Rublev grabs morale-boosting win over Thiem
Andrey Rublev signed off 2020 with a smile as he beat the already-qualified Dominic Thiem to exit the Nitto ATP Finals with a win on the board
ATP Finals, Group London 2020
Rublev (7) d. Thiem (3) 6-2, 7-5
- Key info: Rublev lost just three points on serve in the first set and held on for victory
- You will also learn: Thiem had already secured top spot and will play either Novak Djokovic or Alexander Zverev in the semis
- Why you should read this story: Rublev has now won their past three meetings, having lost the first two.
With Dominic Thiem already qualified for Saturday’s semi-finals and Andrey Rublev unable to qualify for the last four, there was nothing really at stake for either man but it was the Russian who ensured he ended 2020 with a smile on his face as he clinched a 6-2, 7-5 victory.
The message of Andrey Rublev after his final victory of 2020..
— Tennis Majors (@Tennis_Majors) November 19, 2020
Having stunned Rafael Nadal in his second match, Thiem looked a little flat in the early stages and with his place in the semis already assured, the first set was all Rublev. An early break put him on track and he romped through the opening set, winning 11 out of 11 points on his first serve and dropping just three points on his own service.
Thiem fights back
Rublev broke in the third game of the second set and at 4-3, 40-15, he looked home and dried. But suddenly, a few errors crept in and Thiem broke back, winning eight straight points to lead 5-4.
But the Russian righted the ship immediately, holding to love for 5-5. He broke serve in the following game and then served out for a morale-boosting victory, giving him plenty to look forward to as he prepares for 2021.
“I started really well, since the first point, the first return,” Rublev said. “Dominic didn’t start well and I took advantage. It gave me confidence and helped me to be better and better. In the end, it was not easy for Domi, but I think he (was) already focused for the semis. He deserves to be where he is and he deserves to win the title, we’ll see what’s going to happen.”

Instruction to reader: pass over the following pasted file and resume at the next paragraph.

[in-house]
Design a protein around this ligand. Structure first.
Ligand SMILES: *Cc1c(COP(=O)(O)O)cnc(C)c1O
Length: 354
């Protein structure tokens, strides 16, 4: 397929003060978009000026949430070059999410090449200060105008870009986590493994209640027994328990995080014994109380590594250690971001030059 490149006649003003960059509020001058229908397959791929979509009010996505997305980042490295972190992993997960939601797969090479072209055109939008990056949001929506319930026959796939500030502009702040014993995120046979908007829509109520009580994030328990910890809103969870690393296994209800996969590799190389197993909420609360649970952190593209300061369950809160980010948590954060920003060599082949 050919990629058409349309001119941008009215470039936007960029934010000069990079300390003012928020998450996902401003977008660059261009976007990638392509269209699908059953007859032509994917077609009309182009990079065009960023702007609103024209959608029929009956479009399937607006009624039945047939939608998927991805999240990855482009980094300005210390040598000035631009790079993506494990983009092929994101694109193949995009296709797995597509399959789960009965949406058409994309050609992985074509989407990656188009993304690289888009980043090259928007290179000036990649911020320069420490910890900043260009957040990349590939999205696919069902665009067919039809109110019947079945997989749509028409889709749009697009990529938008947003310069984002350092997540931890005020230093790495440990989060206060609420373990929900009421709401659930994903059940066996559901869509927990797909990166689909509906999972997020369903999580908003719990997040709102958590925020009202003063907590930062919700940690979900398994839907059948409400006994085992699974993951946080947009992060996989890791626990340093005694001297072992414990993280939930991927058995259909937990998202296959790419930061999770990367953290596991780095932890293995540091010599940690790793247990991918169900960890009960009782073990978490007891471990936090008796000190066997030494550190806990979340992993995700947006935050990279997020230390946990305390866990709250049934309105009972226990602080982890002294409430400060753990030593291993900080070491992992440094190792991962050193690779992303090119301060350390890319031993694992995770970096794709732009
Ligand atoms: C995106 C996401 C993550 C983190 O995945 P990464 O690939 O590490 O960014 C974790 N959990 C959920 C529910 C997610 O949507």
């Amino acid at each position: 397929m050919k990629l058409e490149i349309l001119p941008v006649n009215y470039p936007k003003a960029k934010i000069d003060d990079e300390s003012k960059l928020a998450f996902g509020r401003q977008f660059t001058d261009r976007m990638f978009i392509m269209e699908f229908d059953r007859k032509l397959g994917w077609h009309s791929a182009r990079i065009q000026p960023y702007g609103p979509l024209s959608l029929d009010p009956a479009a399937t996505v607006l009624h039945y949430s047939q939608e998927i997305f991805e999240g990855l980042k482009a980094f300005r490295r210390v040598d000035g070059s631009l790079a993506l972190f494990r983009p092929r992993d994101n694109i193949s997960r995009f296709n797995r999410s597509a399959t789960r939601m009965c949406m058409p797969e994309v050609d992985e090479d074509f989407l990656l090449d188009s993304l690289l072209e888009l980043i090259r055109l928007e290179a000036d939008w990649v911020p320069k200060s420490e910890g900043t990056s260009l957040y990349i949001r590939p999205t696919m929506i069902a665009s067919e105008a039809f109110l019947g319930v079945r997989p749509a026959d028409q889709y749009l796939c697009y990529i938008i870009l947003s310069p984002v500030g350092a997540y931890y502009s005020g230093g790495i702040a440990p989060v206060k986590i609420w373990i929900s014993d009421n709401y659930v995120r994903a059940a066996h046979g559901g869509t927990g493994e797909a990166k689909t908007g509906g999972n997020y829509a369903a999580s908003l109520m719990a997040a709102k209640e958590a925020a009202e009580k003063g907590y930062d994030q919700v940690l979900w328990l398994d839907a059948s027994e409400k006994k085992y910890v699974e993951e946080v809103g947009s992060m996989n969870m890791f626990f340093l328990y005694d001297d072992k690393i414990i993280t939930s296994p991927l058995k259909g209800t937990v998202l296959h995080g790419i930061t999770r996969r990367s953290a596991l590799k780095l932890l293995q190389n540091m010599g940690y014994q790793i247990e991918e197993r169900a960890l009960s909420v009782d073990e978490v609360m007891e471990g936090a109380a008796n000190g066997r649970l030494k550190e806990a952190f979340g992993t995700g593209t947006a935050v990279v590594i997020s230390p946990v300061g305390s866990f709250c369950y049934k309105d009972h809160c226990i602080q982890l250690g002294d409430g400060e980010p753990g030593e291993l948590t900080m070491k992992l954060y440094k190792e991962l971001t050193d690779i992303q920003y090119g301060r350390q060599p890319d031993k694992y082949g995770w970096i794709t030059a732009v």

At the start of the week, Rublev said he was not sure he belonged at this level yet, in his first ATP Finals. But after double-faulting on match point against Stefanos Tsitsipas in his second match, getting a win will leave him in good stead.
“I feel actually fine,” he said. “I feel happy to be here. I was so close second match, had match point, was serving, so it could be a completely different story, maybe I’d have chance to be in the semis. I was close, I didn’t make it but it’s part of our sport, we just need to keep working. We’ll see what’s going to happen next.”
Thiem admitted it had been hard to give everything, but said he was outplayed by Rublev.
“It was difficult to keep that amazing intensity like I had in the first two matches,” he said. “Obviously I wanted to win the match, 100 percent, but still, I mean, the first matches were pretty tough or pretty long. I had a great, great intensity in almost every single rally there. So of course with the fact that I was already qualified in the back of my mind, it was maybe difficult today to keep that intensity alive.
“Whenever I’m not on 110 percent here at this tournament, I mean, there is no chance against any player. That was today. I mean, he had a great start to the match, and then I was all the time running behind in the score. Well, that’s why he deserved to win.”
World No 2 Nadal takes on Stefanos Tsitsipas in Thursday’s evening match in a winner-takes-all contest to decide who joins Thiem in the semi-finals on Saturday.
Here are the updated standings (at time of writing:
Player | Record | Sets | Games
Thiem | 2-1 | 4-3 | 38-40 (qualified for semis)
Tsitsipas | 1-1 | 3-3 | 24-21
Nadal | 1-1 | 2-2 | 32-30
Rublev | 1-2 | 3-4 | 33-36 (eliminated)
Nitto ATP Finals competition format
- Each players plays every other player in their group once.
- The top player in Group Tokyo 1970 will play the runner-up from Group London 2020 in the semi-final, and vice versa.
- The standings in the table are decided first by greatest number of wins.
- Then it takes into account the greatest number of matches played (a 2-1 win-loss record beats a 2-0 win-loss record).
- After that it comes down to head-to-head results if two players are tied.